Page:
Michael Phelps said before the 2016 Rio Olympics that he had planned on breaking records and he’s not only done that, he’s also challenging a 2,160 year old record help by the Leonidas of Rhodes. The swimming phenom picked up his 22nd gold medal on Thursday, but he’s done yet as he’s got more events to win.
The “Baltimore Bullet” has also joined the track and field Olympians Al Oerter and Carl Lewis as the only Americans to win an individual event four times.
Quick history lesson: Leonidas won 12 individual events over four Olympics. At 36, five years older than Phelps, he won his last three events in 152 B.C, in races of about 200 and 400 meters, and in a shield-carrying race. Phelps surpassed Leonidas, winning his 13th individual gold (and 22nd gold overall and 26th medal).
Phelps was timed in 1 minute 54.66. He won by over a bodylength, and the time was his second-best ever behind a 1:54.23 from Beijing. He held up four fingers afterward to indicate his four consecutive victories in the event, or the four golds he’s won at this Olympics.
“Right now I don’t know how to wrap my head around that,” said Phelps, on winning his 13th individual gold. “I don’t know what to say. It’s been a hell of a career.”
It’s not Michael Phelps’ fault, the fact he makes it look so easy.
He makes you think that it’s normal, what he’s doing, winning four gold medals in four tries so far this week — at age 31. He makes you think winning isn’t hard. Like a two-second margin of victory in the 200-meter individual medley is a stroll in the park.
“You just have no idea how difficult it is for anybody to win an Olympic gold medal,” said Bob Bowman, Phelps’ longtime coach. “I know Michael has done it so frequently it is hard to even put it in perspective. But every one of those is hard. Maybe the very first one, maybe that was the easiest one. After that, it’s super hard.
“Look at his numbers compared to everyone else. It’s not because of the talent. It’s the work. It’s a combination, but it’s the work particularly this time around.”
Yes, you see, that’s the part that often gets overlooked when someone is that good. That there was weight he had to shed when he decided to come back this time around. That even though he’s able to swim a 200 IM final and 100 fly semifinal with little more than a half hour to recover in between, it still hurts quite literally everywhere. That there were moments in the past two years where he wondered why he was bothering to do this all over again.
He did those things and shook away those doubts for this: the chance for the greatest Olympian ever to leave the sport he loves the way he wanted to — covered in gold.
“I’m enjoying the sport like I did when I was 18; I enjoyed training leading up to this point,” Phelps said late Thursday night. “Before, I was always looking for shortcuts. Oh maybe I can skip a week here, skip a week there, and I can still get by. Or, no, I don’t need to do that butterfly set.”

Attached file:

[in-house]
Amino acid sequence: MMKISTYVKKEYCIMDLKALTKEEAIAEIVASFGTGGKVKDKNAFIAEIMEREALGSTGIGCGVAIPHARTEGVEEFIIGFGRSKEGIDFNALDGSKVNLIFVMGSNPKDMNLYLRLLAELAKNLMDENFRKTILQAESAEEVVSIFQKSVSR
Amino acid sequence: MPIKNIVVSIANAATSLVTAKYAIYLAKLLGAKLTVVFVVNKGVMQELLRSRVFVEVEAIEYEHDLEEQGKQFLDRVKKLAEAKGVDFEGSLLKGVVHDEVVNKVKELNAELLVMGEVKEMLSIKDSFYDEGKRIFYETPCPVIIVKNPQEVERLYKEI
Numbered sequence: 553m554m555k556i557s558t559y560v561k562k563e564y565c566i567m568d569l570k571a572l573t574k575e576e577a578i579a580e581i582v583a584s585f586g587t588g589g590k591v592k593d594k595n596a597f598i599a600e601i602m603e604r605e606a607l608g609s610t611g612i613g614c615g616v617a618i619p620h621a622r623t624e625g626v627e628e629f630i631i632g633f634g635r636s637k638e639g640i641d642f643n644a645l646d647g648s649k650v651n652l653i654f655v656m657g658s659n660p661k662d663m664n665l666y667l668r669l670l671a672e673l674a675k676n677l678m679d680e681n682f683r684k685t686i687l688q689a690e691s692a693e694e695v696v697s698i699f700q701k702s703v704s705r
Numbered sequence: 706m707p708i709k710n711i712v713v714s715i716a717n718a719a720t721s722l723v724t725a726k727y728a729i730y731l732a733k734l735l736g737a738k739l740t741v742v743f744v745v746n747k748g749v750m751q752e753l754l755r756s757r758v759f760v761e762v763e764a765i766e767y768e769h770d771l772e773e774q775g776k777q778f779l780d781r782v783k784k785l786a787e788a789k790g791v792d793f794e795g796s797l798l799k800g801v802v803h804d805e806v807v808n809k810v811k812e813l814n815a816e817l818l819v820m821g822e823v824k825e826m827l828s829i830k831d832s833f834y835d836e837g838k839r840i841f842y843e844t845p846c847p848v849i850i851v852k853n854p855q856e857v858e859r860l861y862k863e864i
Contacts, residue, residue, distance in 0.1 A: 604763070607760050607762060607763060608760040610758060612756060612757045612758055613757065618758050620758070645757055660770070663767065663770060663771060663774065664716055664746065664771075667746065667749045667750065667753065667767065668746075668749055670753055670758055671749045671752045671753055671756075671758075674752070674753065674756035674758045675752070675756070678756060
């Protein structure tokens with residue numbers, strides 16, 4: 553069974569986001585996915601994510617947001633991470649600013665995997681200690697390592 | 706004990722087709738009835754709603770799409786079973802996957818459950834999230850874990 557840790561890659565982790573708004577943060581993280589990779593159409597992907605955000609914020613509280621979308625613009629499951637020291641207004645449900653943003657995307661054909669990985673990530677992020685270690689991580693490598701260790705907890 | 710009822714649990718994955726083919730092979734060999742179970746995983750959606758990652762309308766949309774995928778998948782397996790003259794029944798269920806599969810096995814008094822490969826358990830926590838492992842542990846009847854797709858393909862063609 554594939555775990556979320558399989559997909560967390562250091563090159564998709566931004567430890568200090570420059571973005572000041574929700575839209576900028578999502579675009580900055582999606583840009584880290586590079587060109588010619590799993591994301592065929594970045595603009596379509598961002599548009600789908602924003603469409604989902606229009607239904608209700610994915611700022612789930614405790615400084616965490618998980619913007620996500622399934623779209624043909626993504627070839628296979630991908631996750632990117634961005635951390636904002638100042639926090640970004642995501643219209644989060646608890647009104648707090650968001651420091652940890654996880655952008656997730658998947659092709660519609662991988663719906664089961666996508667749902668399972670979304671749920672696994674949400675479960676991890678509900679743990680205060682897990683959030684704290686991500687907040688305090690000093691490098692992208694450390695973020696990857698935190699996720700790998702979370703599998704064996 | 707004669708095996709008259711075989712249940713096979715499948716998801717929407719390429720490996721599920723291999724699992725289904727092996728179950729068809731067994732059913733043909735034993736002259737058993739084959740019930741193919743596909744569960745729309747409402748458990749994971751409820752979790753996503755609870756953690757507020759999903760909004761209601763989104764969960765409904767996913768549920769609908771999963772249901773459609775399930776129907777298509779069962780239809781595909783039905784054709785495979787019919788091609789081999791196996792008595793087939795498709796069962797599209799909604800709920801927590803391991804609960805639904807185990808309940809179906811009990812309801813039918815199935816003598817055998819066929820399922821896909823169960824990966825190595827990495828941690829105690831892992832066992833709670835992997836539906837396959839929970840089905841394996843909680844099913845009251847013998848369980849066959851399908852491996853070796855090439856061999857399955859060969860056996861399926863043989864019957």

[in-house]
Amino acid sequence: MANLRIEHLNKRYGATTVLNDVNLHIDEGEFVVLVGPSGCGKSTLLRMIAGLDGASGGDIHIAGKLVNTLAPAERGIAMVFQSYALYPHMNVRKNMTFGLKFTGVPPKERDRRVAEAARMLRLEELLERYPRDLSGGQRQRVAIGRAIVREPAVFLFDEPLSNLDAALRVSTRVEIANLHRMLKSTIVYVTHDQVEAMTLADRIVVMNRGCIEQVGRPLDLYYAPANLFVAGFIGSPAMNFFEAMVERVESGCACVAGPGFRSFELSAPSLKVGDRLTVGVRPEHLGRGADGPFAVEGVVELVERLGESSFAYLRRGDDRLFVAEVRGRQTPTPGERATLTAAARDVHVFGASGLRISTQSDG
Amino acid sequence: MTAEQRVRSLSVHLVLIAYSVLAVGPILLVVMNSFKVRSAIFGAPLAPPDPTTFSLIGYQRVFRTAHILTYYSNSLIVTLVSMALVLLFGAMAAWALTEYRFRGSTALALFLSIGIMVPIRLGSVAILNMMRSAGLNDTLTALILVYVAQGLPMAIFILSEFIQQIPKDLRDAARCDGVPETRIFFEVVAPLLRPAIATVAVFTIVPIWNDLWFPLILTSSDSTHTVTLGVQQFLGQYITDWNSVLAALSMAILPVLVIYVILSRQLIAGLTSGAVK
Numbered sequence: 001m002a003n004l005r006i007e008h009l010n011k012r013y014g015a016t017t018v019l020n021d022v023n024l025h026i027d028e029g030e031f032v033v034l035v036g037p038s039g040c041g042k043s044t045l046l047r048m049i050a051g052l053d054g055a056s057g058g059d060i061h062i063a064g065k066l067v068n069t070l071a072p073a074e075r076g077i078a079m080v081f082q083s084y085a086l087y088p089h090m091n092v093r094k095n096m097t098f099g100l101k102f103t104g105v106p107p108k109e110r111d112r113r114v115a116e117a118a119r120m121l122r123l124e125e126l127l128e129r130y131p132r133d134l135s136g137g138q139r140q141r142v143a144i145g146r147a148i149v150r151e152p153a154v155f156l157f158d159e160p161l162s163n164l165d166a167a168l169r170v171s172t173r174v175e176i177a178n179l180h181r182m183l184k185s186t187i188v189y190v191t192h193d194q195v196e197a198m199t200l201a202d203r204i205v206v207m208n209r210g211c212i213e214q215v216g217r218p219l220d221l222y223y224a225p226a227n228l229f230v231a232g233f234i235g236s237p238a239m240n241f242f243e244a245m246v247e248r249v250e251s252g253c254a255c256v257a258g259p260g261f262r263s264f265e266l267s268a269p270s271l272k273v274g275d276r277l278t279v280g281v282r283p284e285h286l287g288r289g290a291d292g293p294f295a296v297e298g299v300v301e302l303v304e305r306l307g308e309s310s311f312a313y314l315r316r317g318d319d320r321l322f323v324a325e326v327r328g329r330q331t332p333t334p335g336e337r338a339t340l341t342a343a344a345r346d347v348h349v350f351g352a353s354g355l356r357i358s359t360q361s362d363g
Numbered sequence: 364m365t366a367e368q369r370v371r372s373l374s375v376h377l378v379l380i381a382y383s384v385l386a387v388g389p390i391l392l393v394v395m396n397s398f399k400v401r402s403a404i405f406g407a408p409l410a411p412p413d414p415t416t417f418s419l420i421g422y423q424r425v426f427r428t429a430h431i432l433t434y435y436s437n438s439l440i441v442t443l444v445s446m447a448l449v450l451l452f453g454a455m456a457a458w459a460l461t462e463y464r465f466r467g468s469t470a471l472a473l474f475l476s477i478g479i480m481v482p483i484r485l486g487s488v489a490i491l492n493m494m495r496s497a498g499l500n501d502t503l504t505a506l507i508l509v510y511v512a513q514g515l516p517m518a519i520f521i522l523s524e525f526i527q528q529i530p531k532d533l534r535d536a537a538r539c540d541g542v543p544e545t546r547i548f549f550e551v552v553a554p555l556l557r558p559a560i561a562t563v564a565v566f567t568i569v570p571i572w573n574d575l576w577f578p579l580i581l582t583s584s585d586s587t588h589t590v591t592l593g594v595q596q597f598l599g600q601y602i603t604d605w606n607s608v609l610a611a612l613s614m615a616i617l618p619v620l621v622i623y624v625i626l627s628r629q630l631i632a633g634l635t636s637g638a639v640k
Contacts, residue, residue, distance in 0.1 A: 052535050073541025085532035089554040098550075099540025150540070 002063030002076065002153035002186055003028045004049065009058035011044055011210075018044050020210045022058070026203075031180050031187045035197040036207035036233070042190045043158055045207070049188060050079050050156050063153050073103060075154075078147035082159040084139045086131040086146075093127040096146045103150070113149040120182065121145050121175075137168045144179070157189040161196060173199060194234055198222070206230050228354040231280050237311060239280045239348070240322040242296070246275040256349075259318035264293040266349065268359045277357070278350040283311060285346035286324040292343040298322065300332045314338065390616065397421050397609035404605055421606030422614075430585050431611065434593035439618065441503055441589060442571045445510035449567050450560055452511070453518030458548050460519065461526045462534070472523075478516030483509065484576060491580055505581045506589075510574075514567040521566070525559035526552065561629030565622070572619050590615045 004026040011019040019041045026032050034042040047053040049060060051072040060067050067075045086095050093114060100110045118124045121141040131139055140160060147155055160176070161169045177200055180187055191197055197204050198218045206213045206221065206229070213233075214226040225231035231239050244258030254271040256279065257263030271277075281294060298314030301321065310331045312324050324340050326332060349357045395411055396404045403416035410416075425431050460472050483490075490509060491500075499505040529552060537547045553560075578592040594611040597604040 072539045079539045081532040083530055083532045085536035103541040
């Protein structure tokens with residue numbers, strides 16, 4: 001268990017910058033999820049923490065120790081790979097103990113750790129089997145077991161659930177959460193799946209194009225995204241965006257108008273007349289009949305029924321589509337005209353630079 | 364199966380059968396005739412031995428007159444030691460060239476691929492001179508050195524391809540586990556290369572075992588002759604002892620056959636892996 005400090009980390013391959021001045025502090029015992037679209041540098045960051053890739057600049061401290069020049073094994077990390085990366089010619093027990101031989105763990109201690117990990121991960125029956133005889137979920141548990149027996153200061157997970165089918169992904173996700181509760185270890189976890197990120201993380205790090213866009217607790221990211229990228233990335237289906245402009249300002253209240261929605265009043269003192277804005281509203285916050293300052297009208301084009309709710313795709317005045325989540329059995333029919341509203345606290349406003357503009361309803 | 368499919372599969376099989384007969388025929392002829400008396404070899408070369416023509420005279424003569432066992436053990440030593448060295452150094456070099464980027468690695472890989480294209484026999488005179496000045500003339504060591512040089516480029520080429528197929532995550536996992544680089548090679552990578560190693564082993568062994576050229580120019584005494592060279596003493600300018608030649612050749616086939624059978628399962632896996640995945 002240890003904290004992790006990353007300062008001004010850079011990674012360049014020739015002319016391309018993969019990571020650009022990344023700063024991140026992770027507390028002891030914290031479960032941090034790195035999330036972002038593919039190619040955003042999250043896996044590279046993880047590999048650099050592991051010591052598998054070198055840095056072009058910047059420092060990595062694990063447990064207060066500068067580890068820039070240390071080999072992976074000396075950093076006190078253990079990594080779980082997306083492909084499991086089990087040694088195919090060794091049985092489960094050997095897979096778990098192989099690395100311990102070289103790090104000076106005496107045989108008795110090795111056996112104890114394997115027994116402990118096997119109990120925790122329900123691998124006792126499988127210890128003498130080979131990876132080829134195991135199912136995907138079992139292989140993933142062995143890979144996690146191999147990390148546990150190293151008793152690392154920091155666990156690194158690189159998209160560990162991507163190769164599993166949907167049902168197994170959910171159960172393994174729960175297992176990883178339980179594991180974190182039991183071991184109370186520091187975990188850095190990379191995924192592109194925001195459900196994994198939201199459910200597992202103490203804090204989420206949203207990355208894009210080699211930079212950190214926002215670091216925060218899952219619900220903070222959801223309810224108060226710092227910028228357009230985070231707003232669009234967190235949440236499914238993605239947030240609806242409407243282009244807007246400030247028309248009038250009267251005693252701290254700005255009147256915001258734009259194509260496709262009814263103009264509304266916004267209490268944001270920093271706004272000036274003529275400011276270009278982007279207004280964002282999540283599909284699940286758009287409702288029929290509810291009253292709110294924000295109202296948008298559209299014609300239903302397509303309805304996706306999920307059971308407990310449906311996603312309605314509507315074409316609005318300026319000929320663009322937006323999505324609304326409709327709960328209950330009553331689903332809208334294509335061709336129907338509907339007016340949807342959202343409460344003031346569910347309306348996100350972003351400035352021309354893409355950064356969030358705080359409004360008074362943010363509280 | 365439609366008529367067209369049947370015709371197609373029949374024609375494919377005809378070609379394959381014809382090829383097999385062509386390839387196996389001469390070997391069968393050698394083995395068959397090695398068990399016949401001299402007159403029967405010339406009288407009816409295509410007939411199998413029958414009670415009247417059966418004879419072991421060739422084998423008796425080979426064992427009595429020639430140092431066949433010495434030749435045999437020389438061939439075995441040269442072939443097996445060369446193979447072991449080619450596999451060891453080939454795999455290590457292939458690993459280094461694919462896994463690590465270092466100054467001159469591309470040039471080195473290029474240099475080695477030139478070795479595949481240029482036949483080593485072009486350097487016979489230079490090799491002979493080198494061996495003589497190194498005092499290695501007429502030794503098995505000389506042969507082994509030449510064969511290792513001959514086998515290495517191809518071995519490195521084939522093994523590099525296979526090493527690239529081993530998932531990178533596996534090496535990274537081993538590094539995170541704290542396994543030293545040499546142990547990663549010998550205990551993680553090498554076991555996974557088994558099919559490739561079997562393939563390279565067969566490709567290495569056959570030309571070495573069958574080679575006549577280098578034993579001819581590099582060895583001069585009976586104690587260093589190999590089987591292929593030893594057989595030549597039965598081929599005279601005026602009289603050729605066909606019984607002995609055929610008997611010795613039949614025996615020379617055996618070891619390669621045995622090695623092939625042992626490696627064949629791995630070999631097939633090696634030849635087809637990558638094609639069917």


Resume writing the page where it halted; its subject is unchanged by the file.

But this time, he told Bowman he was relinquishing any veto power he’d previously had. He’d do what his coach asked and suffer through the sets he didn’t want to do.
“I went through obstacles maybe I didn’t want to go through before but I was open to it because I wanted to be able to be back to where I am now,” Phelps said. “Getting out of the pool now might take a little more energy. It might be a little bit harder. But it’s just as sweet standing on top of the podium listening to your national anthem play.”
Phelps now has 22 gold medals to his name, and 26 Olympic medals overall with two events to go at these Games. He’s not just the most decorated male swimmer ever, he’s got more than double the amount of medals of Ryan Lochte, who sits perpetually in second place with 12 medals.
It’s fair in some ways — and unfair in others — to use Lochte as a measuring stick for Phelps. Lochte is a great swimmer whose medal makeup would have a different hue had his career not overlapped entirely with the greatest swimmer of all time. But Lochte has also shown, here in Rio, what an aging swimmer is supposed to look like. He’s supposed to lose steam and fade during the final 50 meters of freestyle in the 200 IM. He’s supposed to look physically and emotionally drained after a grueling race like that.
He’s not supposed to stand on the podium, tears welling in his eyes, as The Star-Spangled Banner plays … and then dive into the pool about 10 minutes later to swim a 100 fly and easily qualify for Friday night’s final. But that’s exactly what Phelps did Thursday night.
“That’s the first time he’s ever done that,” Bowman said of his star pupil’s teary eyes. “I’ve always counseled him like, build the fire up while you’re hearing the national anthem. He’s usually like a machine on those. That was nice to see, actually.”
The whole week has been nice, if not surreal, to witness. To see Phelps at the apex of athletic achievement one more time, crushing longtime rivals and kissing his 3-month-old son afterward, is nothing short of an honor.
It hasn’t been easy. But if it were easy, it wouldn’t be so rare.